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The staff of the Federal Trade Commission has provided its annual report to the Consumer Financial Protection Bureau on its enforcement and related activities in 2023 on the Truth in Lending Act (TILA), Consumer Leasing Act (CLA), and Electronic Fund Transfer Act (EFTA).

The report highlights the FTC’s enforcement actions and initiatives under these laws and their implementing regulations, including in the areas of automobile financing and leasing, payday lending, other credit and leasing, and electronic fund transfers:

  • Automobile Sales, Financing, and Leasing: The report highlights the Commission’s Combatting Auto Retail Scams (CARS) Rule, which is designed to put an end to bait-and-switch tactics and hidden fees used by unscrupulous car dealers. The rule also includes clear protections for military members. The new rule is expected to save consumers nationwide more than $3.4 billion and an estimated 72 million hours each year shopping for vehicles. The report notes that the rule was set to go into effect July 30, 2024 but the Commission issued an order postponing the rule’s effective date pending judicial review. The report also notes the Commission’s ongoing litigation against auto dealer marketing firm Traffic Jam Events, and refund payments sent to consumers in 2023 in the Napleton Auto case.
  • Junk Fees: The report notes the Commission’s proposed rule regarding junk fees, which would prohibit hidden and bogus fees, ensure consumers know how much they are paying and what they are getting, and help spur companies to compete.
  • Negative Options: The report notes the Commission’s proposed updates to the Negative Option rule that include a “click to cancel” provision requiring sellers to make it as easy for consumers to cancel their enrollment as it was to sign up. The report also notes additional refund payments sent to consumers in 2023 as a result of the Commission’s case against Triangle Media Corporation.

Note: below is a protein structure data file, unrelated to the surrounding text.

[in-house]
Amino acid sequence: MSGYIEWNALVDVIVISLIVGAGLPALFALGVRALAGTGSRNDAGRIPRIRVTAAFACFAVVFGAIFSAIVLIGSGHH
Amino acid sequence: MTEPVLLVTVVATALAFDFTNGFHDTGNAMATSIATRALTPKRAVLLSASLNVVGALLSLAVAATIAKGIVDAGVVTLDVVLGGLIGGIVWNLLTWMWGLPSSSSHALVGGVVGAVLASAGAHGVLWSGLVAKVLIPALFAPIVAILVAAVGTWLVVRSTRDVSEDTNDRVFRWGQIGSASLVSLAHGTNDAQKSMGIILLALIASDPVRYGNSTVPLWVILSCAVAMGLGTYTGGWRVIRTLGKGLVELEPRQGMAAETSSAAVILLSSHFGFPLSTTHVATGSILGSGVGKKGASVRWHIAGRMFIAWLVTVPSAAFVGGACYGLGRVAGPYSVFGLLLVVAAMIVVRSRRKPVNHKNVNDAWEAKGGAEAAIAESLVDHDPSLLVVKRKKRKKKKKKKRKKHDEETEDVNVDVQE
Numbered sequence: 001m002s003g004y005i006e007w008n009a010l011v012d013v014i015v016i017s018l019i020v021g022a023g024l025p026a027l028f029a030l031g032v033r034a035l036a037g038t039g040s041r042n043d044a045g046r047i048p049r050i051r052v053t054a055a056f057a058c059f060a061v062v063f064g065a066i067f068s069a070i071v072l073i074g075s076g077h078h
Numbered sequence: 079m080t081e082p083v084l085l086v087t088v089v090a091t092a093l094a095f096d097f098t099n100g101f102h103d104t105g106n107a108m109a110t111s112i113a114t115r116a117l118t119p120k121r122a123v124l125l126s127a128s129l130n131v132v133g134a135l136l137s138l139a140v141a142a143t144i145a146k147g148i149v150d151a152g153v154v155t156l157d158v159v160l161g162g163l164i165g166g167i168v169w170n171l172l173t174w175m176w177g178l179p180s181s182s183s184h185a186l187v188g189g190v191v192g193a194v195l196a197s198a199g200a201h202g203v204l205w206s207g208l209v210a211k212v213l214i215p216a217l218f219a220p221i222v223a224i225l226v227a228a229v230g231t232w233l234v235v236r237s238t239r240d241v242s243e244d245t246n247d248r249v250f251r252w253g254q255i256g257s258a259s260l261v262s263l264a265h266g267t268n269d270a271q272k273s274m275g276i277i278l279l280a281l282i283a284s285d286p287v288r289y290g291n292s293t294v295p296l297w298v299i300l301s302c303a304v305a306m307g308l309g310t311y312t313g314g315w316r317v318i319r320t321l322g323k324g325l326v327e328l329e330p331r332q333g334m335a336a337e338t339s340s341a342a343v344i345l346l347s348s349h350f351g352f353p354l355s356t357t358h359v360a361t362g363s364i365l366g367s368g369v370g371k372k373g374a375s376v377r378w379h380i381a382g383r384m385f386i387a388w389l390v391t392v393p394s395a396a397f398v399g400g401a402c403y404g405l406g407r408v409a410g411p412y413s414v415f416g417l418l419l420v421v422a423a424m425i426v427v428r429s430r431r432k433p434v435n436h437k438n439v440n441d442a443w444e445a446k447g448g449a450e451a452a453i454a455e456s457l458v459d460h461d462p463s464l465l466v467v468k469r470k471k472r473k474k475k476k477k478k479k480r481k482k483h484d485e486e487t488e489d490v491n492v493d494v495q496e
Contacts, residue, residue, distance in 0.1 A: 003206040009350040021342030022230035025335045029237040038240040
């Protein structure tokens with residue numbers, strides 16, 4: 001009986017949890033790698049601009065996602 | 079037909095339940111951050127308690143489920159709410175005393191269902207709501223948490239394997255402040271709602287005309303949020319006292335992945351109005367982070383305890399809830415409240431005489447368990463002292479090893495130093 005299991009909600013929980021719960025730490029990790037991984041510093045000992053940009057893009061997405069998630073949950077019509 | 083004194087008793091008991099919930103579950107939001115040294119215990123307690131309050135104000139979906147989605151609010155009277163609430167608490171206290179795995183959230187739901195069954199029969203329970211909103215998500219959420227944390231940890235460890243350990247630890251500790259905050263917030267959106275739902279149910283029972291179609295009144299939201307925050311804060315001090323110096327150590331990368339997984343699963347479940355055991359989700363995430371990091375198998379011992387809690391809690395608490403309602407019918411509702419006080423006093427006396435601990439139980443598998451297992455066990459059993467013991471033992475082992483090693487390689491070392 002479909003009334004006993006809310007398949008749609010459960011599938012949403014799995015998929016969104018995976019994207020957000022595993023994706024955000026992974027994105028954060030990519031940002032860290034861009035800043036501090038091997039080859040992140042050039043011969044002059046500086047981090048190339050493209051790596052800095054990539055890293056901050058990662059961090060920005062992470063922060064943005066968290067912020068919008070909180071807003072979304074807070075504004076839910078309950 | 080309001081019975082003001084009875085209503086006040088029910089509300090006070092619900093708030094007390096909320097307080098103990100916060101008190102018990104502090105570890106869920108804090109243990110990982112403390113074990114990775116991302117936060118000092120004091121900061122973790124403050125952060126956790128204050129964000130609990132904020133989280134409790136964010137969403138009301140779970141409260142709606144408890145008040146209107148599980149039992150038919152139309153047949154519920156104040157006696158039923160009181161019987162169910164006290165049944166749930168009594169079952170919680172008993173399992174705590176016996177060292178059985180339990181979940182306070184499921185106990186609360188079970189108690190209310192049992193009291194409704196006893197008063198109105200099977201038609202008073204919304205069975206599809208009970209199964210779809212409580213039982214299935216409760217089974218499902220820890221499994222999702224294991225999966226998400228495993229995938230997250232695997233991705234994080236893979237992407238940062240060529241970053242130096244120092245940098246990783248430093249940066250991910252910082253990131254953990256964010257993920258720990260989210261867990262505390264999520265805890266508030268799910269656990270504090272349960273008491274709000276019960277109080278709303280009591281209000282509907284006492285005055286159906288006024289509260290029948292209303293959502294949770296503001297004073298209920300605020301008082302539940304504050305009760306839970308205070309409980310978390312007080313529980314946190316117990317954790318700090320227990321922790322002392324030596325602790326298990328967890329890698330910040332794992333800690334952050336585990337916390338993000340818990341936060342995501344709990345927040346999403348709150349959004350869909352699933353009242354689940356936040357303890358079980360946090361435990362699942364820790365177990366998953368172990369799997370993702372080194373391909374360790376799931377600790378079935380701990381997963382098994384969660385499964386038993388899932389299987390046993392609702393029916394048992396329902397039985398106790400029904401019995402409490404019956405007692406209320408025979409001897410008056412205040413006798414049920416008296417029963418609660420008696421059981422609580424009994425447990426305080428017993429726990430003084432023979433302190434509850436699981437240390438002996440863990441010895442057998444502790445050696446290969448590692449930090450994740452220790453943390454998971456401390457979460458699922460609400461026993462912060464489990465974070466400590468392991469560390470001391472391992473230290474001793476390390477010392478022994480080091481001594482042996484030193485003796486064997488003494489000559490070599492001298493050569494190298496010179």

The report also highlights the agency’s Military Task Force, which comprises a cross-section of FTC representatives and focuses on various initiatives to assist military consumers, and other  FTC work involving military lending, including with the Department of Defense. The report further outlines the FTC’s consumer and business education efforts on truth in lending, consumer leasing, and electronic fund transfer issues.

The FTC also provided a copy of the report to the Federal Reserve Board.

The lead attorney on this matter for the FTC was Carole Reynolds in the Bureau of Consumer Protection.

The Federal Trade Commission works to promote competition and protect and educate consumers.  The FTC will never demand money, make threats, tell you to transfer money, or promise you a prize. Learn more about consumer topics at, or report fraud, scams, and bad business practices at Follow the FTC on social media, read consumer alerts and the business blog, and sign up to get the latest FTC news and alerts.

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